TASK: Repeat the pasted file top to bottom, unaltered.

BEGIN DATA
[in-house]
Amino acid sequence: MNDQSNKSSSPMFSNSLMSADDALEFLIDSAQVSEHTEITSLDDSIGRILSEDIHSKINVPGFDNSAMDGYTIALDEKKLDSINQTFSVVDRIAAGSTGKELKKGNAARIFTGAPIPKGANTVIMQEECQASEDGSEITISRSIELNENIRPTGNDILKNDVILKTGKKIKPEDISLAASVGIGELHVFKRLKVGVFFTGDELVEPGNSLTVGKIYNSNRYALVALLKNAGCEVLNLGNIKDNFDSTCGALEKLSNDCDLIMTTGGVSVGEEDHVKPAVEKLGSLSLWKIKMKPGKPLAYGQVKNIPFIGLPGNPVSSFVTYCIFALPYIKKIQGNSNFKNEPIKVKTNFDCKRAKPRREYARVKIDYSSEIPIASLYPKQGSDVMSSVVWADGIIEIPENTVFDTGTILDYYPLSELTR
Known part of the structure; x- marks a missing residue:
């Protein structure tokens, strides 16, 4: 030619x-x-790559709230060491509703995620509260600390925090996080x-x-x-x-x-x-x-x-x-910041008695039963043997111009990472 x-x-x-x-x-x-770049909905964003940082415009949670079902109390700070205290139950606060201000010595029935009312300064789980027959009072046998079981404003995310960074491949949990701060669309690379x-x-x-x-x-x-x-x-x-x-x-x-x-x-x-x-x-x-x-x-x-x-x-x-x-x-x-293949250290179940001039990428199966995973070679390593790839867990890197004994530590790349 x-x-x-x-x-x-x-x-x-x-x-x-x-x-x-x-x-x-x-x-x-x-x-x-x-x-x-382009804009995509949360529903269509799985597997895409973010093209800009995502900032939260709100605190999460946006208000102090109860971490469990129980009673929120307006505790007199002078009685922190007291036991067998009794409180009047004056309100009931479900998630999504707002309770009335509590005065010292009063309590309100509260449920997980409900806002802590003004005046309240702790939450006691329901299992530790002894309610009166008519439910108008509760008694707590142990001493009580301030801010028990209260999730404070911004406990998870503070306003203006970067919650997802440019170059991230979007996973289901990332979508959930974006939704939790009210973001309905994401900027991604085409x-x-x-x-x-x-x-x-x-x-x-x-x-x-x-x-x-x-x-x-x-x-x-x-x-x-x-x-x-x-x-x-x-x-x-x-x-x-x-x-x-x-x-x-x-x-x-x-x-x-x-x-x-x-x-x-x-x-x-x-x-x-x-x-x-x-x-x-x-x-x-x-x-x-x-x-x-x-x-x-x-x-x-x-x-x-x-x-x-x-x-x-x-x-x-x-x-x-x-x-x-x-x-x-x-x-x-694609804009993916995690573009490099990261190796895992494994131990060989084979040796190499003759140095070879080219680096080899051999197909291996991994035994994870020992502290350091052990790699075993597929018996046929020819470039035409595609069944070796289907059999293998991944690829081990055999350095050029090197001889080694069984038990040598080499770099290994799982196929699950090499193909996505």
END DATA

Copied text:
[in-house]
Amino acid sequence: MNDQSNKSSSPMFSNSLMSADDALEFLIDSAQVSEHTEITSLDDSIGRILSEDIHSKINVPGFDNSAMDGYTIALDEKKLDSINQTFSVVDRIAAGSTGKELKKGNAARIFTGAPIPKGANTVIMQEECQASEDGSEITISRSIELNENIRPTGNDILKNDVILKTGKKIKPEDISLAASVGIGELHVFKRLKVGVFFTGDELVEPGNSLTVGKIYNSNRYALVALLKNAGCEVLNLGNIKDNFDSTCGALEKLSNDCDLIMTTGGVSVGEEDHVKPAVEKLGSLSLWKIKMKPGKPLAYGQVKNIPFIGLPGNPVSSFVTYCIFALPYIKKIQGNSNFKNEPIKVKTNFDCKRAKPRREYARVKIDYSSEIPIASLYPKQGSDVMSSVVWADGIIEIPENTVFDTGTILDYYPLSELTR
Known part of the structure; x- marks a missing residue:
């Protein structure tokens, strides 16, 4: 030619x-x-790559709230060491509703995620509260600390925090996080x-x-x-x-x-x-x-x-x-910041008695039963043997111009990472 x-x-x-x-x-x-770049909905964003940082415009949670079902109390700070205290139950606060201000010595029935009312300064789980027959009072046998079981404003995310960074491949949990701060669309690379x-x-x-x-x-x-x-x-x-x-x-x-x-x-x-x-x-x-x-x-x-x-x-x-x-x-x-293949250290179940001039990428199966995973070679390593790839867990890197004994530590790349 x-x-x-x-x-x-x-x-x-x-x-x-x-x-x-x-x-x-x-x-x-x-x-x-x-x-x-382009804009995509949360529903269509799985597997895409973010093209800009995502900032939260709100605190999460946006208000102090109860971490469990129980009673929120307006505790007199002078009685922190007291036991067998009794409180009047004056309100009931479900998630999504707002309770009335509590005065010292009063309590309100509260449920997980409900806002802590003004005046309240702790939450006691329901299992530790002894309610009166008519439910108008509760008694707590142990001493009580301030801010028990209260999730404070911004406990998870503070306003203006970067919650997802440019170059991230979007996973289901990332979508959930974006939704939790009210973001309905994401900027991604085409x-x-x-x-x-x-x-x-x-x-x-x-x-x-x-x-x-x-x-x-x-x-x-x-x-x-x-x-x-x-x-x-x-x-x-x-x-x-x-x-x-x-x-x-x-x-x-x-x-x-x-x-x-x-x-x-x-x-x-x-x-x-x-x-x-x-x-x-x-x-x-x-x-x-x-x-x-x-x-x-x-x-x-x-x-x-x-x-x-x-x-x-x-x-x-x-x-x-x-x-x-x-x-x-x-x-x-694609804009993916995690573009490099990261190796895992494994131990060989084979040796190499003759140095070879080219680096080899051999197909291996991994035994994870020992502290350091052990790699075993597929018996046929020819470039035409595609069944070796289907059999293998991944690829081990055999350095050029090197001889080694069984038990040598080499770099290994799982196929699950090499193909996505």